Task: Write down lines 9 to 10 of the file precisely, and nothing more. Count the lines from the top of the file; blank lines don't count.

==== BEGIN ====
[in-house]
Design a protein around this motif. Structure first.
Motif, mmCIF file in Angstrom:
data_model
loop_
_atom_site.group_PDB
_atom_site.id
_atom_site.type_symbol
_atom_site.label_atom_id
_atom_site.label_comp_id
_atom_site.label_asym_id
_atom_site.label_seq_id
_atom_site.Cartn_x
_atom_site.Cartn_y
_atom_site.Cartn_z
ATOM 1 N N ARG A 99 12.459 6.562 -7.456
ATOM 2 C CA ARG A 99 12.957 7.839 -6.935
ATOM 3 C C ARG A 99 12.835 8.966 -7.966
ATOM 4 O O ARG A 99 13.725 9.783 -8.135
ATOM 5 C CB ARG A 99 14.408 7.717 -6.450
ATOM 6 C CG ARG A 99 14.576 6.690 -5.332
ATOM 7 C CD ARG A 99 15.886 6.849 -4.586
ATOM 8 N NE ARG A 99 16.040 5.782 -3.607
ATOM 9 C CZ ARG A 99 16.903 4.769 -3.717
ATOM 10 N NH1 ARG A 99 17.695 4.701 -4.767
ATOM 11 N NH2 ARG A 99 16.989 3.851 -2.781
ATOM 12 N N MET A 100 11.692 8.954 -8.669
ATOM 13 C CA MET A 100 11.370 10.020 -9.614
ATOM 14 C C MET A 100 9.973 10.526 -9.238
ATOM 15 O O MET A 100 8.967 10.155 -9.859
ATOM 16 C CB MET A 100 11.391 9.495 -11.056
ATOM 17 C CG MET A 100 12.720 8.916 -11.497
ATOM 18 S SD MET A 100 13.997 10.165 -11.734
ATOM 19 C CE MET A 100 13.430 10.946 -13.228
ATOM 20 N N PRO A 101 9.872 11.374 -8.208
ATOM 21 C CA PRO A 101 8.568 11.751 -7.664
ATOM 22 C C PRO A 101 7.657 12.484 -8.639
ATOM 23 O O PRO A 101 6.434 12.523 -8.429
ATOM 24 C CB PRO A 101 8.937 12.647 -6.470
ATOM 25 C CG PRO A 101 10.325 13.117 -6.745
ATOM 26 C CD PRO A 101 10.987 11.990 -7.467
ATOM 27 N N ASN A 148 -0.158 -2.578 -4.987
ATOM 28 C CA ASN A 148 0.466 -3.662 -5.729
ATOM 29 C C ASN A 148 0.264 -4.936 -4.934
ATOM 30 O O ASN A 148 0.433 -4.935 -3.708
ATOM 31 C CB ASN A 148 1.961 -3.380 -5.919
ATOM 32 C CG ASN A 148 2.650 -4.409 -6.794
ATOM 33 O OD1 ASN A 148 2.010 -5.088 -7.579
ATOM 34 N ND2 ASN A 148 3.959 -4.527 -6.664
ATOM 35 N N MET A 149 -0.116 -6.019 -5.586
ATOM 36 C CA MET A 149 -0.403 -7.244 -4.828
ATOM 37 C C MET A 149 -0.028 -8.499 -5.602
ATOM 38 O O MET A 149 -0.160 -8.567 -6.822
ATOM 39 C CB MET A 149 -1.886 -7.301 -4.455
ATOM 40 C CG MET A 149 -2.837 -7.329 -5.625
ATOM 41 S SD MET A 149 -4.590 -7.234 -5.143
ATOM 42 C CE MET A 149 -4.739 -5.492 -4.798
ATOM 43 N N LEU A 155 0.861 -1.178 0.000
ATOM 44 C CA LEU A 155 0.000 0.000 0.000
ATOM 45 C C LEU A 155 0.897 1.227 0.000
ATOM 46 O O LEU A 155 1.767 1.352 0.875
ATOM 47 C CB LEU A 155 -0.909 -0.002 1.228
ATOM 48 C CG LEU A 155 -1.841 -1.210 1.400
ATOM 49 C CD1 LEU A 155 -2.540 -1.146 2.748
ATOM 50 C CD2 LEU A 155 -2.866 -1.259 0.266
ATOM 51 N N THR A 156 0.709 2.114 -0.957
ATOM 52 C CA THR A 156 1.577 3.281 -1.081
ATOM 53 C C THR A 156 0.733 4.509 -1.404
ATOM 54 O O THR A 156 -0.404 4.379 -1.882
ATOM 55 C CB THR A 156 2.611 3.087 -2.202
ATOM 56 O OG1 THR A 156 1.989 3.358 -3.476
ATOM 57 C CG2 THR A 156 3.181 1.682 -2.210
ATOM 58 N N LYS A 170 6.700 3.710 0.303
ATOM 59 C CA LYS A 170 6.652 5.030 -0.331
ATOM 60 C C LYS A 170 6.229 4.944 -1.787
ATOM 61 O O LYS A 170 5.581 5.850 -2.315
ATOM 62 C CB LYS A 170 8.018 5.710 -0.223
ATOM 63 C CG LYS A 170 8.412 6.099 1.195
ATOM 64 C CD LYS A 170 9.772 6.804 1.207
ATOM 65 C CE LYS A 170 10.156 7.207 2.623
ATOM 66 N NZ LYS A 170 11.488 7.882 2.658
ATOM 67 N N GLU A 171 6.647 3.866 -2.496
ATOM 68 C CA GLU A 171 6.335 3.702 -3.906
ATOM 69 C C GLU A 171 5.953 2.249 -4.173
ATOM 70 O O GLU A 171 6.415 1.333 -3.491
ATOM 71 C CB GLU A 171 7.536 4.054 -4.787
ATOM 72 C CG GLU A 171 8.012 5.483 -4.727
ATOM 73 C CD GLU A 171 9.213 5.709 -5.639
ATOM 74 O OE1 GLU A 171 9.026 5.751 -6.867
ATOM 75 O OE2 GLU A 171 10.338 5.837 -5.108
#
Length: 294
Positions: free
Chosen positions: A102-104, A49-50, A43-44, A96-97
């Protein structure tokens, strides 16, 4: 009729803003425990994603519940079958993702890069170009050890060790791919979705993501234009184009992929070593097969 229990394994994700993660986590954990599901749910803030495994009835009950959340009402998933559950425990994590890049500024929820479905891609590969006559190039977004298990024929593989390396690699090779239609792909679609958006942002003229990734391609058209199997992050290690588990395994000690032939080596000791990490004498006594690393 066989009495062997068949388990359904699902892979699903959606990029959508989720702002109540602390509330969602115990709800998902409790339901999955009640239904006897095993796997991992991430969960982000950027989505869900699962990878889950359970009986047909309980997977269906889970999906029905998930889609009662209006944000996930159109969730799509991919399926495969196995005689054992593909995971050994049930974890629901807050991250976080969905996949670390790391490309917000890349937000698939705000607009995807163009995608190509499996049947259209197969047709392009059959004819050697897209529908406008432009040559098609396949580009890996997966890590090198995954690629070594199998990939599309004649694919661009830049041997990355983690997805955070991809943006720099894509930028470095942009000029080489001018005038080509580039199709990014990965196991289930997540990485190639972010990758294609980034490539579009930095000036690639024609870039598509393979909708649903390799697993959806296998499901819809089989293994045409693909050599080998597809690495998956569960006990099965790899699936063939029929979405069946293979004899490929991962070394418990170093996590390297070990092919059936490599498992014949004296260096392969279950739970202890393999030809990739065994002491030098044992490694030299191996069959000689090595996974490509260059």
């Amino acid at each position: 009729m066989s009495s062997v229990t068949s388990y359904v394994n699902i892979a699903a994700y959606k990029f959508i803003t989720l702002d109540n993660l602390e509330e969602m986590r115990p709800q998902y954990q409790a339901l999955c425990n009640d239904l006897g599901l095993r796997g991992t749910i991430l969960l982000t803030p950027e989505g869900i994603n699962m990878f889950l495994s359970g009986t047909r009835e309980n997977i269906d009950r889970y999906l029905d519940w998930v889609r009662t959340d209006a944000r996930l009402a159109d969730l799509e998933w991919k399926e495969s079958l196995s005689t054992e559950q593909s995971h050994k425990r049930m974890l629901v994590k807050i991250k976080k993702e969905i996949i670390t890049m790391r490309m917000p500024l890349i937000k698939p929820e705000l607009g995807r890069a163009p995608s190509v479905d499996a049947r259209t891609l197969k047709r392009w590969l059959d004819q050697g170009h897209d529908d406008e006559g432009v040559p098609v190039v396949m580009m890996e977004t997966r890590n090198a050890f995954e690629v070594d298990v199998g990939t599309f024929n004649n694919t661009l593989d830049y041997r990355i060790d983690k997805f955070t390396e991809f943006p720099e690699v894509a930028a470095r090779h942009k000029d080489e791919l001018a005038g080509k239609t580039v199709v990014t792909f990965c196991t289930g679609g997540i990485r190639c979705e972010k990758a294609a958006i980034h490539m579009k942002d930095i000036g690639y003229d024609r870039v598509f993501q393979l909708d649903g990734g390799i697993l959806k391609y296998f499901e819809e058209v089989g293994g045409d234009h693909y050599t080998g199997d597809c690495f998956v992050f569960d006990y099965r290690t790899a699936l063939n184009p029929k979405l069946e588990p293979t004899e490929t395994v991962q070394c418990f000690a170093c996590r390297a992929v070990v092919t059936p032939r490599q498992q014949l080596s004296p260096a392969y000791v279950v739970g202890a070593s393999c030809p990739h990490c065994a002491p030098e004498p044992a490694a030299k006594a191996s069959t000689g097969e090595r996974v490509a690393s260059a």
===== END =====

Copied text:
_atom_site.label_atom_id
_atom_site.label_comp_id